The Civil Wars/White Dress Old Rock House Saturday, April 23
With robotic club-thumpers dominating the mainstream, it's refreshing to spend an evening listening to a band that crafts its music on the strength of powerful voices and the thrumming of a single guitar.
The Civil Wars did just that on Saturday night at the Old Rock House. John Paul White and Joy Williams belted out moody songs with only a guitar for accompaniment. Their setup might have been spare but their music was full of life, and their lyrics were charged with emotion.
Lightning cracked outside The Old Rock House as opener Arum Rae Valkonen of the band White Dress walked off stage. Performing solo, her whispered vocals and buzzing guitar offered the perfect prelude for the minimalist performance of The Civil Wars.
The duo climbed on stage as the sold-out crowd hooted with approval. Everything about this band drips of seriousness. As the singers put it themselves, "We're the Civil Wars, and we don't do sing-songy." That was perfect for this subdued audience, mostly populated by hand holding couples and guys and girls with their arms locked around each other.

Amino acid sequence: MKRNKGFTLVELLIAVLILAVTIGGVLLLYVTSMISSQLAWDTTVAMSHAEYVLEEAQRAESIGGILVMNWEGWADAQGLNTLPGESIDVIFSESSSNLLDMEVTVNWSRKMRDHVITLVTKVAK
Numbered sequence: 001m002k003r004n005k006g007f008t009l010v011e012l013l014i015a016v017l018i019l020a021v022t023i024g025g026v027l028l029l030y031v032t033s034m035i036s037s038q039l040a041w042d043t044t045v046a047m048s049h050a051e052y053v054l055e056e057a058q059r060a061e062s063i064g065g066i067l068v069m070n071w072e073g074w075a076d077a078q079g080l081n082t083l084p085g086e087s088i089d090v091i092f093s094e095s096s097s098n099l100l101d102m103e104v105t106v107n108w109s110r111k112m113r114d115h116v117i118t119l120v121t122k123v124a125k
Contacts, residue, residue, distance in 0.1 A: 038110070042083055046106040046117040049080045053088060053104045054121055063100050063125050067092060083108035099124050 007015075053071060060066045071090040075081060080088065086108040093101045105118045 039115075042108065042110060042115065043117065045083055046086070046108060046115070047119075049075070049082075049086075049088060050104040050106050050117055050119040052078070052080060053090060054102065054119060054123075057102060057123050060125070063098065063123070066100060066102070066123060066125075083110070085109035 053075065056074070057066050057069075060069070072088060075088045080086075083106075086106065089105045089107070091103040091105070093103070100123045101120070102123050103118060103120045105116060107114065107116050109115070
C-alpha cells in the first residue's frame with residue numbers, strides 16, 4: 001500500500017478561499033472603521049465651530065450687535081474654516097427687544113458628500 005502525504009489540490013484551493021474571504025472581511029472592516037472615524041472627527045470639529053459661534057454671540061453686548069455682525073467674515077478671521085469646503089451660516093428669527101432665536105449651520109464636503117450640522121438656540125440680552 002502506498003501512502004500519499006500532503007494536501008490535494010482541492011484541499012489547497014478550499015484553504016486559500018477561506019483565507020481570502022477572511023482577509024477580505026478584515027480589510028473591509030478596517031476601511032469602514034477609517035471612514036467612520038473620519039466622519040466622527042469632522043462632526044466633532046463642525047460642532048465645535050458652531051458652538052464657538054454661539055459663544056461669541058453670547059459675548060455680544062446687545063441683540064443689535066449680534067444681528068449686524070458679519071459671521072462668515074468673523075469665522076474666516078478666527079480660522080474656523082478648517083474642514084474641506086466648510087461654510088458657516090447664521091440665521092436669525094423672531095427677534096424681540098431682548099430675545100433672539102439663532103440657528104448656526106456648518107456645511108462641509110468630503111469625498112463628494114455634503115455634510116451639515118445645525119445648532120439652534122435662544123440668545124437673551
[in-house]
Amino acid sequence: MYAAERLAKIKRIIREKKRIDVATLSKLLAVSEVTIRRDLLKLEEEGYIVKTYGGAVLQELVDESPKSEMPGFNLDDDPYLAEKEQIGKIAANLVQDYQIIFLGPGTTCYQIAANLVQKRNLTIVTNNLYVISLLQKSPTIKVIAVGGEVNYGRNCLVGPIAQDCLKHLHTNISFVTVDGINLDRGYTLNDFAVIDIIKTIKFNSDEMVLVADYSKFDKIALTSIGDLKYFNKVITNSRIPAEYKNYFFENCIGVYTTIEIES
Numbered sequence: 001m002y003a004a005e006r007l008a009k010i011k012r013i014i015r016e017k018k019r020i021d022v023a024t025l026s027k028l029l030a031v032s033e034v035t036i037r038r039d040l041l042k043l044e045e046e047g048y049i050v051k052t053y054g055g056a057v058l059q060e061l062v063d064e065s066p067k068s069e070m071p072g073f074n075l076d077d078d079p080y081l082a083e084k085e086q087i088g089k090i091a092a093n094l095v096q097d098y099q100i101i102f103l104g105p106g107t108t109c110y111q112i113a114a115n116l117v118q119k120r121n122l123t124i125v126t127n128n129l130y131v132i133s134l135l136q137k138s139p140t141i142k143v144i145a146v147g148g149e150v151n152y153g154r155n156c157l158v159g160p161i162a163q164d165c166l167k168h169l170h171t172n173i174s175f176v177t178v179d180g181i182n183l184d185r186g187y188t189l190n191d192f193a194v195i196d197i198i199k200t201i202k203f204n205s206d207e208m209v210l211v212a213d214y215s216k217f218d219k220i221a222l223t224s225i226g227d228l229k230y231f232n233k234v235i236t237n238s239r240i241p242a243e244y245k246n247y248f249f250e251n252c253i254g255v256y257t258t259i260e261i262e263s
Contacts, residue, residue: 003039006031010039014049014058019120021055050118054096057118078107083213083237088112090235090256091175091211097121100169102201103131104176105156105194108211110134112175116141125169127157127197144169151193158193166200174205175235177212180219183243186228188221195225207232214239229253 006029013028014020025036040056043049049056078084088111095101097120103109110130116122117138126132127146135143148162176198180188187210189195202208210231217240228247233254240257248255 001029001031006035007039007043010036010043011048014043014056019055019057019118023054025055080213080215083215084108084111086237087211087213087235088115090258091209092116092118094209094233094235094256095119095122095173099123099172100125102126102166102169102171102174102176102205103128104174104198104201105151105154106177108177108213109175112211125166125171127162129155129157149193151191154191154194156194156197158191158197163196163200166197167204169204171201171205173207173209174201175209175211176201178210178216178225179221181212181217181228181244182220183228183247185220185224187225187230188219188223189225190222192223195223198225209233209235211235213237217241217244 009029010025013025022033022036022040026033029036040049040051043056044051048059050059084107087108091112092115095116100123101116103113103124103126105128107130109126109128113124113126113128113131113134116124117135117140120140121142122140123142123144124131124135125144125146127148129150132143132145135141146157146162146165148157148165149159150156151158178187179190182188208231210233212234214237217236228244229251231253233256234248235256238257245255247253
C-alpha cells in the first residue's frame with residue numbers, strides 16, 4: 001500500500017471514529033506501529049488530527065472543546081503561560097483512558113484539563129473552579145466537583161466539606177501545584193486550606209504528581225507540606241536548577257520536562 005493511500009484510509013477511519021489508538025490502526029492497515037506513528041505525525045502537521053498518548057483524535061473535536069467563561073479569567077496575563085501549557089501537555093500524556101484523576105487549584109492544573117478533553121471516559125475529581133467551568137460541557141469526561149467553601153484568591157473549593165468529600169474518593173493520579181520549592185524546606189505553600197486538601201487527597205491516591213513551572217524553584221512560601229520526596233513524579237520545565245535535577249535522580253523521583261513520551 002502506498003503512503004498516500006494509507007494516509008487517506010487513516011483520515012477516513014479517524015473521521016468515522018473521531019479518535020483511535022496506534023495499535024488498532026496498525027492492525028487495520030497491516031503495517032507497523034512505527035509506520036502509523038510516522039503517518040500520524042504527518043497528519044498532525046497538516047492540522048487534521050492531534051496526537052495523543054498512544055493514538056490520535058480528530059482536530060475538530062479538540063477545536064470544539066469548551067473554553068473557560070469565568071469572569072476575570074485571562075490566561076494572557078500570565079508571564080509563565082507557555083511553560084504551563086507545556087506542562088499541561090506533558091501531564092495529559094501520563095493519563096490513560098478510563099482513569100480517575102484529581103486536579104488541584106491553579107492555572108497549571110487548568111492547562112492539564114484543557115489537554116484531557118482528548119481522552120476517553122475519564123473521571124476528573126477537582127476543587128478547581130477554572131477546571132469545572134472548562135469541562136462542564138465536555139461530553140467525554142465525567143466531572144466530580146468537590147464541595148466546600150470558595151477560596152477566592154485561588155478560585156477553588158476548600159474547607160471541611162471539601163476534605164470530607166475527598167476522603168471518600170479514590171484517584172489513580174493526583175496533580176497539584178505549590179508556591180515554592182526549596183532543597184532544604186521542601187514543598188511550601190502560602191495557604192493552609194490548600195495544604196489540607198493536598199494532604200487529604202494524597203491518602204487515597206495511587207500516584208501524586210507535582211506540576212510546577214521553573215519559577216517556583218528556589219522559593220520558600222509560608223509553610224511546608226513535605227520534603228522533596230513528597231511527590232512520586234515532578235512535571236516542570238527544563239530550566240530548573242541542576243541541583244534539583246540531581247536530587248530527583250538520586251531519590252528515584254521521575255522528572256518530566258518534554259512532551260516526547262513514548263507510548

But as serious as they might seem, the two couldn't help playing around on stage. Even from the first song, Joy Williams was all smiles as the band started the show with "Tip of My Tongue". Occasionally, White would sneak up and sing over William's shoulder, and she had to fight back laughter.
Williams signed her first recording contract at seventeen, and her voice is like honey as it drips from a spoon. It's surprising that a voice so powerful could come from such a tiny woman.
The eeriness of the vocal interplay between the two was no more evident than in their rendition of the lullaby "You are my sunshine". Their version is racked with darkness. "We think it's a shame you don't know how sad this song is," White said.
The Civil Wars is known for its romantic, old-fashioned style, taking bluegrass and slowing it down while adding a seductive air that's uniquely its own.
For its encore, the duo did what it does best, turning the iconic "Billie Jean" into a ghostly rendition of its former self, one that whispered of back alley rendezvous and a love affair gone wrong.